Various committees associated with the School of Education, Teacher Education Council, and the Office of Student Support Services engage in annual reviews of handbooks and guidelines. The unit’s assessment system does not necessitate annual revisions of handbooks and other unit resources; however, these decisions are driven by data that the unit collects, analyzes, and interprets. If these analyses dictate revisions to handbooks and resource materials, then the unit moves these decisions through the Teacher Education Council or School of Education approval process if applicable to enact these changes.

Question 3. What evidence is available that the staffing for technology support is adequate for the on-campus and off-campus programs and teacher education candidates?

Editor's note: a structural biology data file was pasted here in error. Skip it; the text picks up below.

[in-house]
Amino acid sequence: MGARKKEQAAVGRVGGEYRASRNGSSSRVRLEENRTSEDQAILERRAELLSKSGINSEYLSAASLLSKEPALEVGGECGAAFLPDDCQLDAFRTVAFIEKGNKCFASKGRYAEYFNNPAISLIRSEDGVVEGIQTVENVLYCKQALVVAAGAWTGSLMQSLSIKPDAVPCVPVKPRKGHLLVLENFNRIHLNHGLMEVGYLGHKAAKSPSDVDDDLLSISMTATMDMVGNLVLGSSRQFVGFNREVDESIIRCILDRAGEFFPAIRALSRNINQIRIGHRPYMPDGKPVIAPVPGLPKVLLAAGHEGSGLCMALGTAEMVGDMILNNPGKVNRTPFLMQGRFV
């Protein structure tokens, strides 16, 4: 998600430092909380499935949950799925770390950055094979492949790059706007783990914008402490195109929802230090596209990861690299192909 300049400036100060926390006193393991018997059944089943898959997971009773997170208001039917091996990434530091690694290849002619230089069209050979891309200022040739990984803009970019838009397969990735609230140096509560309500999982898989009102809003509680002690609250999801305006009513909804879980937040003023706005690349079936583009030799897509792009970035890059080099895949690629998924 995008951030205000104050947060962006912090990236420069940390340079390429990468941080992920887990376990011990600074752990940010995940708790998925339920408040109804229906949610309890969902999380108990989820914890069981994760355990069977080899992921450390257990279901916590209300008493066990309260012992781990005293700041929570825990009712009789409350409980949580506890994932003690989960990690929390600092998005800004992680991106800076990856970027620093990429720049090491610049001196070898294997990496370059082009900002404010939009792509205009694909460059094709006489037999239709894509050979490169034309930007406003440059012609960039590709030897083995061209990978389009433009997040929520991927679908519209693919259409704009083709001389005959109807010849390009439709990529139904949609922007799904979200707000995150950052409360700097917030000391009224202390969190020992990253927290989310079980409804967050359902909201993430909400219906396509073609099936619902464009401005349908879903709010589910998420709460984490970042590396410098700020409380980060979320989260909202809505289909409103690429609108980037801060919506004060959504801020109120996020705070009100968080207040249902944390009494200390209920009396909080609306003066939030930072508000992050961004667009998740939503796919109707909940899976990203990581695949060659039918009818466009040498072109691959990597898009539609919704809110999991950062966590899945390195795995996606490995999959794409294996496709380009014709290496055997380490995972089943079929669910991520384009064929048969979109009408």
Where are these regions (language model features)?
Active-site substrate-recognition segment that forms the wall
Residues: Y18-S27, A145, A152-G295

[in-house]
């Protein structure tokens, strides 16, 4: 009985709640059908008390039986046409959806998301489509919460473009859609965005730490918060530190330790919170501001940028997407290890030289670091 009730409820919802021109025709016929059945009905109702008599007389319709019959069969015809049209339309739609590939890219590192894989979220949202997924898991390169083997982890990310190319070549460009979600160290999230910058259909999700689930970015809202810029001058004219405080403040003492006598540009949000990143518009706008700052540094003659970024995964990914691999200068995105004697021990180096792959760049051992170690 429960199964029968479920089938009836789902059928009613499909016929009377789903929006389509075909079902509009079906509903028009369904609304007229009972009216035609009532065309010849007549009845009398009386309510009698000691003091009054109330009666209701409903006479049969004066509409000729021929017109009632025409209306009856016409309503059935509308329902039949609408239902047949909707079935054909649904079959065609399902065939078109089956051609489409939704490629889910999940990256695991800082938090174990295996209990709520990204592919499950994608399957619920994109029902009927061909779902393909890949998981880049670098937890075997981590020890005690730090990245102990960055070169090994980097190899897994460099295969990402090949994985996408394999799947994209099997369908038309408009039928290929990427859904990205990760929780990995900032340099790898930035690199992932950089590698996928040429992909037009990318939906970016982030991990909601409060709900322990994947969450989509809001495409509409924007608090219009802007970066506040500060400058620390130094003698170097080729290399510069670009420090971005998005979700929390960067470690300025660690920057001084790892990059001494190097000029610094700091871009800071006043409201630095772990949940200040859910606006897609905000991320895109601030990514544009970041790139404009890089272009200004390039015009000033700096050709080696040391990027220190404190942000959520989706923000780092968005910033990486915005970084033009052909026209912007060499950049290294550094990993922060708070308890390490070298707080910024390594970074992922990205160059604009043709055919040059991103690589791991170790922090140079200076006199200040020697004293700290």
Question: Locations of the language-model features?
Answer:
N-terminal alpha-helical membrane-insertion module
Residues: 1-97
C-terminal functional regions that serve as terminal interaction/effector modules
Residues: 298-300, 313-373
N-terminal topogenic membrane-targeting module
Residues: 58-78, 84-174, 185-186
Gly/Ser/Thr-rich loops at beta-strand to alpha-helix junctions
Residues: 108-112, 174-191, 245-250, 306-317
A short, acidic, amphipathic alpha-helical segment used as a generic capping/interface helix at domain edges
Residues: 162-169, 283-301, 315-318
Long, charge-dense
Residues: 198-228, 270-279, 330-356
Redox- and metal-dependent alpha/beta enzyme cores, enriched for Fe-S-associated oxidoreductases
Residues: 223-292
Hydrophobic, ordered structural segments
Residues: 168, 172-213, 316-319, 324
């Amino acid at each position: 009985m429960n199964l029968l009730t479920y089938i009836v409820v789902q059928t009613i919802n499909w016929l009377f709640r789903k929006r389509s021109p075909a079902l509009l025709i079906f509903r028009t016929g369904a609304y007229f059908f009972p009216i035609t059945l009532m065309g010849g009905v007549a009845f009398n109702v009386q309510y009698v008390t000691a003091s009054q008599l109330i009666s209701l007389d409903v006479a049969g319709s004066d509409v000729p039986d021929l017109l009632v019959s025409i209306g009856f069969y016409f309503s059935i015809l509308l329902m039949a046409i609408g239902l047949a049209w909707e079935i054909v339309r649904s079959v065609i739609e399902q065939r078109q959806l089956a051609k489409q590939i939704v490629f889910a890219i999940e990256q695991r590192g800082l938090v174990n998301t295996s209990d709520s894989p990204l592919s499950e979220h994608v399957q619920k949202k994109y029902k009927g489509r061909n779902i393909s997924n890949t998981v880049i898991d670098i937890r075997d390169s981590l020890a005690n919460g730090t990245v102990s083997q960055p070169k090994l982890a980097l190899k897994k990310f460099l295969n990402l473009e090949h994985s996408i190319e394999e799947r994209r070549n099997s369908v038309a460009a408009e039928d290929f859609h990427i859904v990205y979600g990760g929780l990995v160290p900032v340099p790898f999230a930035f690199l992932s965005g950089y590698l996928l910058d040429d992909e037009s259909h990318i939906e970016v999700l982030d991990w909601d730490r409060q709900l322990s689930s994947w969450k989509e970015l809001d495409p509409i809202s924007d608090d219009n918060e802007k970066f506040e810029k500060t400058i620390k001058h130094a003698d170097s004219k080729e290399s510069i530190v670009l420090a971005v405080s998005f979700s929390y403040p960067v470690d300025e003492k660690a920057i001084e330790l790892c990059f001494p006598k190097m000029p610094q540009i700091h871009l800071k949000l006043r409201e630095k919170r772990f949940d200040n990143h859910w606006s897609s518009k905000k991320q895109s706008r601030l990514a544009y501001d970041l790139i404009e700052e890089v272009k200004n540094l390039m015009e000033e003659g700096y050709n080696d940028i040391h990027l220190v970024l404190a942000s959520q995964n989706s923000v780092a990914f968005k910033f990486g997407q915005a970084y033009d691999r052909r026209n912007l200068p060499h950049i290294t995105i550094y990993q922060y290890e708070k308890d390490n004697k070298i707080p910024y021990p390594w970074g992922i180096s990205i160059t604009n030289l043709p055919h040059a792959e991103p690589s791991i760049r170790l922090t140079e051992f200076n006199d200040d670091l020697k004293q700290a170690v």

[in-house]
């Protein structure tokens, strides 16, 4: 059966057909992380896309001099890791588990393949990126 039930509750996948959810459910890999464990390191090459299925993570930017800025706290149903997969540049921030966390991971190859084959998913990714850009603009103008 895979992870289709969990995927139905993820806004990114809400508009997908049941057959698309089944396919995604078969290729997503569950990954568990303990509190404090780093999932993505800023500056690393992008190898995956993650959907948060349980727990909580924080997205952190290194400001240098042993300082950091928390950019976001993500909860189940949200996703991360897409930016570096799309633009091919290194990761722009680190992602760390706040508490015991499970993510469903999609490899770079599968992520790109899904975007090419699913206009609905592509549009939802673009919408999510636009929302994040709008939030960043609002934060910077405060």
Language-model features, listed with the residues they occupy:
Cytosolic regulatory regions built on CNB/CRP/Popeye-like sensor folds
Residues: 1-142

The unit does not offer off-campus programs that lead to a professional education license. The university provides information technology resources to support faculty and candidates. There are staff persons assigned to each of the 60 computer labs throughout the university (Exhibit 6.5 NC A&T Computer Labs). The unit employs two full-time individuals and two graduate assistants to support faculty, staff, and students with technological integration and technological repair. One position is a technology support person (Exhibit 6.6 Technology Support Technician Job Description) whose primary responsibility is to work closely with the university’s Division of Information Technology area to provide faculty, staff, and students with technology assistance, which may include computer hardware repair, computer software updates, computer networking issues, classroom technology repair and updates, SmartBoard assistance, and hardware provisions during workshops, events, or conferences. The other position is a University Program Specialist (Exhibit 6.7 University Program Specialist Job Description) whose primary responsibility is to work closely with faculty, staff, and candidates with the integration of various software packages and technological devices into their instructional design and implementation.